ATLANTA — Parents who thought the redistricting of school enrollment zones would result in minor adjustments for area schools were in for a surprise when draft maps were revealed last week.
Community expectations at the Oct. 3 redistricting meeting were focused on adjusting enrollment imbalances in the Windward-area elementary schools in Alpharetta and filling the new Crabapple Middle School in Roswell.
What they saw were three draft maps with changes to attendance and feeder alignments affecting nearly every school in North Fulton, from elementary to high schools.
“I think there is chaos being represented [on the maps],” said Martine Zurinskas, co-president of the Alpharetta High School PTSA and a resident of the Windward community. “As a parent I am very hopeful the district will take a pause and look at the feedback.”
She noted the greatest applause of the evening came when district planners said the three draft plans could be rejected with an entirely new fourth option brought forward in the next round on Oct. 18.
Fulton School Board member Katie Reeves, who represents Alpharetta and Milton schools, said even she was caught off guard by the scope of the changes on the draft maps. She noted the board had been told the redistricting would be a “light touch” with a narrow focus, and she had relayed that to the public.
“Had I known it would be this much [movement] I would have prepared my community,” said Reeves, who noted she has been involved in more than 40 redistrictings over her 24 years in office. “I’ve never seen anything like this…and we need to recognize we are playing with people’s lives.”
A district spokesman noted the redistricting process is in its early phases, and the district is still actively soliciting and listening to the feedback from parents on the attendance zone draft plans that were released Oct. 3.
“No final decision has been made…and [a vote] on the measure will not be until December after more rounds of public meeting and comment periods,” said Brian Noyes, chief communications officer for Fulton County Schools. “Staff is using this time to discuss the needs of the district and review options with our stakeholders."
Maps were a surprise
Reeves said the changes to high school feeder patterns in the draft maps came as the biggest surprise to her and the community.
“The justification is simply not there since our high schools will not become overcrowded even if we don’t change lines,” Reeves said, noting enrollment forecasts do not support significant growth in the near future.
Additionally, when the maps were presented to the public the data behind the decisions was not made available. This is in contrast to past redistrictings, Reeves said, when drafts and data were released together.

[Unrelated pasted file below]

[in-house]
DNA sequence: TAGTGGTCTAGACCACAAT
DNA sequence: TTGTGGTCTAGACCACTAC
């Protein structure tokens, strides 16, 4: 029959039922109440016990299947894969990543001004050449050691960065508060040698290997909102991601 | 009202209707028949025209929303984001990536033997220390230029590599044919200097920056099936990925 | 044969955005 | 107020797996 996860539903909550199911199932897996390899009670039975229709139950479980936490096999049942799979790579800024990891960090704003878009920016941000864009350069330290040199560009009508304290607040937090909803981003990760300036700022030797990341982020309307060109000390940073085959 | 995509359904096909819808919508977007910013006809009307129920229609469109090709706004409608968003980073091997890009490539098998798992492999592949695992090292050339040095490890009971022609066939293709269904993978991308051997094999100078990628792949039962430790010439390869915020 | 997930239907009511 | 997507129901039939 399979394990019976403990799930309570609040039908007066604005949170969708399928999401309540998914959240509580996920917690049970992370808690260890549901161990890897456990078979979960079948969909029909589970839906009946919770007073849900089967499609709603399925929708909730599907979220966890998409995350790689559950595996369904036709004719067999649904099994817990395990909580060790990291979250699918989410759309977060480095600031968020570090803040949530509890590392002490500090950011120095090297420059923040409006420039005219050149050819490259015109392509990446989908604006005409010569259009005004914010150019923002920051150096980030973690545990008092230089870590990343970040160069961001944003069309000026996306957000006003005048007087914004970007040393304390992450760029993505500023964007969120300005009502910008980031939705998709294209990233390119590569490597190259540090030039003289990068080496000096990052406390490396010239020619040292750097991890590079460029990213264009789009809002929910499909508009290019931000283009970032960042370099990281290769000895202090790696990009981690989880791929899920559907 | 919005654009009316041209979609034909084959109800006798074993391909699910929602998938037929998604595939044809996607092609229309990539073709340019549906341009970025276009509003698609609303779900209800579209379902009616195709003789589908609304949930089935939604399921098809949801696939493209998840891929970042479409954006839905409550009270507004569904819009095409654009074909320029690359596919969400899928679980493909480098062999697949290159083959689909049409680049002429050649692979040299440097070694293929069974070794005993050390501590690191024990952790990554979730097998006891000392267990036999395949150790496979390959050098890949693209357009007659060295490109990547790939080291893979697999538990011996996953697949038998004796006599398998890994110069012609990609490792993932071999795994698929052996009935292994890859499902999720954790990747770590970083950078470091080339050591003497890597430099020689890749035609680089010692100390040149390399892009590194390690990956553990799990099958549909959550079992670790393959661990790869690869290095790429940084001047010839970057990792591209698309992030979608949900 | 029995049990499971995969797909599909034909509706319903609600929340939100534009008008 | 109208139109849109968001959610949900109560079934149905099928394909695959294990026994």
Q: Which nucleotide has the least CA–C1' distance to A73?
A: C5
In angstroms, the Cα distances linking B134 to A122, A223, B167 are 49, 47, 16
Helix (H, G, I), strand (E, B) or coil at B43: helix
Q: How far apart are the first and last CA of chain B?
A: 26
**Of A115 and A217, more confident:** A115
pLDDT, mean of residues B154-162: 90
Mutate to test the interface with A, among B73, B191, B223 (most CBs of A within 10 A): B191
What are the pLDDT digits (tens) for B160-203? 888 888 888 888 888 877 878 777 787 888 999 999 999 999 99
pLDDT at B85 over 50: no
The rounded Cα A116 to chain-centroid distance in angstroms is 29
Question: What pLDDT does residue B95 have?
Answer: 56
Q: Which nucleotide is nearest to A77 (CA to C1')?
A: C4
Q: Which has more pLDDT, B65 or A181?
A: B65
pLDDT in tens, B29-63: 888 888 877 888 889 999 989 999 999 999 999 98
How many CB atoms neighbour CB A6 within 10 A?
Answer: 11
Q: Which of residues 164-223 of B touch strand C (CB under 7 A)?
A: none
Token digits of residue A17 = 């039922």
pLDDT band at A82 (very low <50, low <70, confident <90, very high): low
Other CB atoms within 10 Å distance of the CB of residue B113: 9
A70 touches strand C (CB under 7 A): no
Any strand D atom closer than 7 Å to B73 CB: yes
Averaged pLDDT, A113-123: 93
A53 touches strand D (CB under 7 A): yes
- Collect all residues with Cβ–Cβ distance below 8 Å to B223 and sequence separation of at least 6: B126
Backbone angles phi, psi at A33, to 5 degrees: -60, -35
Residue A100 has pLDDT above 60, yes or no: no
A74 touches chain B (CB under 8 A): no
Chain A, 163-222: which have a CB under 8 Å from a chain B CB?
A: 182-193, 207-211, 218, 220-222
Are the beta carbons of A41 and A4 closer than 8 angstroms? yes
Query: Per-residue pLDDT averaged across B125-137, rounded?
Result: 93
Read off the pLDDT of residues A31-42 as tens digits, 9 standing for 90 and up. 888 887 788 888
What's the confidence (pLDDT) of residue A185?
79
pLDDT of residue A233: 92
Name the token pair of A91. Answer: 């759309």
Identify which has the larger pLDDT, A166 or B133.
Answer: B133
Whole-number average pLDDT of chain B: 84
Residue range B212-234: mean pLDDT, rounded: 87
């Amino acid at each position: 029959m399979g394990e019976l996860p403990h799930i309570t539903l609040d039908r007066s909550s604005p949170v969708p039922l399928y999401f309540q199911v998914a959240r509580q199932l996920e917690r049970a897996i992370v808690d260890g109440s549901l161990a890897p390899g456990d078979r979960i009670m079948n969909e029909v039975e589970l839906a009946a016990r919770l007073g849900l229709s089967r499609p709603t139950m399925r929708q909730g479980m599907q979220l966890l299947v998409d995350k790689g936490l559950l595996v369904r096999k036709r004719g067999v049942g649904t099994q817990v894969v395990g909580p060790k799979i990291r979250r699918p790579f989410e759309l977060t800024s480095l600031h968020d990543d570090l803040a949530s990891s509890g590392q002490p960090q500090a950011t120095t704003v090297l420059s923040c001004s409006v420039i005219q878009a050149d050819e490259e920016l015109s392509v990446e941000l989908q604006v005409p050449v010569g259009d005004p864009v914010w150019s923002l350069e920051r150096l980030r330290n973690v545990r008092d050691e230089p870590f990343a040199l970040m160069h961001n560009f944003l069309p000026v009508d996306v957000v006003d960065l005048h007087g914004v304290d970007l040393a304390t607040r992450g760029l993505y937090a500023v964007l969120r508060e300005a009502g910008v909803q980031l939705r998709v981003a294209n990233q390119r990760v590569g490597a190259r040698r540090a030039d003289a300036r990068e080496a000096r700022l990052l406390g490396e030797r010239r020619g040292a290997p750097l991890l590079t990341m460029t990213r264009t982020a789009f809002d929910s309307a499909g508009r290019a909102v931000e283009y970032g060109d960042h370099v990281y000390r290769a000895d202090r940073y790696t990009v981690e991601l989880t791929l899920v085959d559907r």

The data was made available on the district website in the days following the Oct. 3 meeting.
Noyes said community members should always be aware that redistricting is a complex process, and direction can evolve over time.
“We started last spring [looking into redistricting] and as we’ve been gathering more information, we been adjusting the scope of the process appropriately,” Noyes said.
Zurinskas said she believes district planners may have “overreached” on the current maps, and estimates the district is now sifting through thousands of comments. She remains confident they will bring back maps to the third round which makes better sense and reflects the community’s wishes.
She noted geographic proximity is the top criteria for attendance zones, yet in the draft maps several neighborhoods sharing a boundary or in very close proximity to a school are being zoned to schools miles away.
“On the website it says Fulton’s redistricting is to address capacity at targeted and overcrowded schools,” Zurinskas said. “But there is so much more on the [draft] maps…and it just doesn’t make sense.”
Politics at play
Former Alpharetta city councilman Ben Burnett, who was a driving force in bringing Auburn University classes to the school district, said something more sinister is in play with the redistricting.
He fired off a letter to Fulton Schools Superintendent Mike Looney following the Oct. 3 redistricting meeting saying the widespread disruptions to schools would “dissolve the community of Alpharetta, Milton and Roswell.”
He said it is the quality of the schools that have drawn people to the region, and not the developments and downtowns.
“The schools here are the golden goose of this community,” Burnett wrote.
He also asserted the redistricting disruptions seemed focused on board member Katie Reeves whose outspoken manner has often left her at odds with her fellow board members and staff on occasion. Burnett noted most of the questionable decisions on redistricting were found at schools in Reeves' District 2 region. Reeves is retiring in December after six terms on the Fulton School Board.
“I see through the politics of this,” wrote Burnett, adding that Reeves was not aware of the zone changes until the Oct. 3 meeting. “That means, a group of bureaucrats didn't want an elected official to know what was going on.”
Fulton Schools spokesman Noyes called Burnett’s claims “preposterous.”
“There is nothing personal in the maps and it’s all about the numbers,” Noyes said. “Obviously people have their personal opinions but we [create the maps] without political consideration.”